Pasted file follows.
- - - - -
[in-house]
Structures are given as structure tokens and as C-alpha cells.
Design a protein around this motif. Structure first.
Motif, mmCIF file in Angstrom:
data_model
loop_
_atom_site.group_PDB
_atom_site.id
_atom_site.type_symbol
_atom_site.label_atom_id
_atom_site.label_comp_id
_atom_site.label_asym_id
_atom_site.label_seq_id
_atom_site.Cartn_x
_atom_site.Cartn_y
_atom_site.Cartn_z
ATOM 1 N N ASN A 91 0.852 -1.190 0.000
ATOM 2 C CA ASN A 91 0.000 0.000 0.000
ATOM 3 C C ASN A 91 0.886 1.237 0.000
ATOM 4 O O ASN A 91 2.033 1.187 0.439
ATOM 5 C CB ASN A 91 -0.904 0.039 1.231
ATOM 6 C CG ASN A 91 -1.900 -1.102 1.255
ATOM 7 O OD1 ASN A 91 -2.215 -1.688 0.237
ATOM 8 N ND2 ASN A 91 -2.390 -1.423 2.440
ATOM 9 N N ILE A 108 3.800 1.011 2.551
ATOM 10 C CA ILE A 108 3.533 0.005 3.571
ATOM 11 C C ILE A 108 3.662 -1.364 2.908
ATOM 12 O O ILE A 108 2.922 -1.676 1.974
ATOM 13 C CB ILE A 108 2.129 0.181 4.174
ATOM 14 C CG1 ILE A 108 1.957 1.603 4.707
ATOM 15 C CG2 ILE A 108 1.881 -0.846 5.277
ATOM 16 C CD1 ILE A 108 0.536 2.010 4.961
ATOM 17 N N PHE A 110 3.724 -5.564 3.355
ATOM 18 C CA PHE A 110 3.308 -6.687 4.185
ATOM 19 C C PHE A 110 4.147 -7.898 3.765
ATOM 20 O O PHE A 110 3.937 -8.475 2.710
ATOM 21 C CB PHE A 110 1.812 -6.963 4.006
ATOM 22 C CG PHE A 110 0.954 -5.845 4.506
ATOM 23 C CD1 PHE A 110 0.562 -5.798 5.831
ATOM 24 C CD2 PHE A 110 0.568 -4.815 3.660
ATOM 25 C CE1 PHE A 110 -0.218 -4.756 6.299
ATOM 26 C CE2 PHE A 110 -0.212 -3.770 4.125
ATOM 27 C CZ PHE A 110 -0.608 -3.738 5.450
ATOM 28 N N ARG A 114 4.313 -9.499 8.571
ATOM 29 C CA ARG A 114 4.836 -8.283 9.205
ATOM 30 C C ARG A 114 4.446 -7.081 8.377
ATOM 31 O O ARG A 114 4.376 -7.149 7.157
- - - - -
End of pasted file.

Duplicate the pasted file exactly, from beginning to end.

[in-house]
Structures are given as structure tokens and as C-alpha cells.
Design a protein around this motif. Structure first.
Motif, mmCIF file in Angstrom:
data_model
loop_
_atom_site.group_PDB
_atom_site.id
_atom_site.type_symbol
_atom_site.label_atom_id
_atom_site.label_comp_id
_atom_site.label_asym_id
_atom_site.label_seq_id
_atom_site.Cartn_x
_atom_site.Cartn_y
_atom_site.Cartn_z
ATOM 1 N N ASN A 91 0.852 -1.190 0.000
ATOM 2 C CA ASN A 91 0.000 0.000 0.000
ATOM 3 C C ASN A 91 0.886 1.237 0.000
ATOM 4 O O ASN A 91 2.033 1.187 0.439
ATOM 5 C CB ASN A 91 -0.904 0.039 1.231
ATOM 6 C CG ASN A 91 -1.900 -1.102 1.255
ATOM 7 O OD1 ASN A 91 -2.215 -1.688 0.237
ATOM 8 N ND2 ASN A 91 -2.390 -1.423 2.440
ATOM 9 N N ILE A 108 3.800 1.011 2.551
ATOM 10 C CA ILE A 108 3.533 0.005 3.571
ATOM 11 C C ILE A 108 3.662 -1.364 2.908
ATOM 12 O O ILE A 108 2.922 -1.676 1.974
ATOM 13 C CB ILE A 108 2.129 0.181 4.174
ATOM 14 C CG1 ILE A 108 1.957 1.603 4.707
ATOM 15 C CG2 ILE A 108 1.881 -0.846 5.277
ATOM 16 C CD1 ILE A 108 0.536 2.010 4.961
ATOM 17 N N PHE A 110 3.724 -5.564 3.355
ATOM 18 C CA PHE A 110 3.308 -6.687 4.185
ATOM 19 C C PHE A 110 4.147 -7.898 3.765
ATOM 20 O O PHE A 110 3.937 -8.475 2.710
ATOM 21 C CB PHE A 110 1.812 -6.963 4.006
ATOM 22 C CG PHE A 110 0.954 -5.845 4.506
ATOM 23 C CD1 PHE A 110 0.562 -5.798 5.831
ATOM 24 C CD2 PHE A 110 0.568 -4.815 3.660
ATOM 25 C CE1 PHE A 110 -0.218 -4.756 6.299
ATOM 26 C CE2 PHE A 110 -0.212 -3.770 4.125
ATOM 27 C CZ PHE A 110 -0.608 -3.738 5.450
ATOM 28 N N ARG A 114 4.313 -9.499 8.571
ATOM 29 C CA ARG A 114 4.836 -8.283 9.205
ATOM 30 C C ARG A 114 4.446 -7.081 8.377
ATOM 31 O O ARG A 114 4.376 -7.149 7.157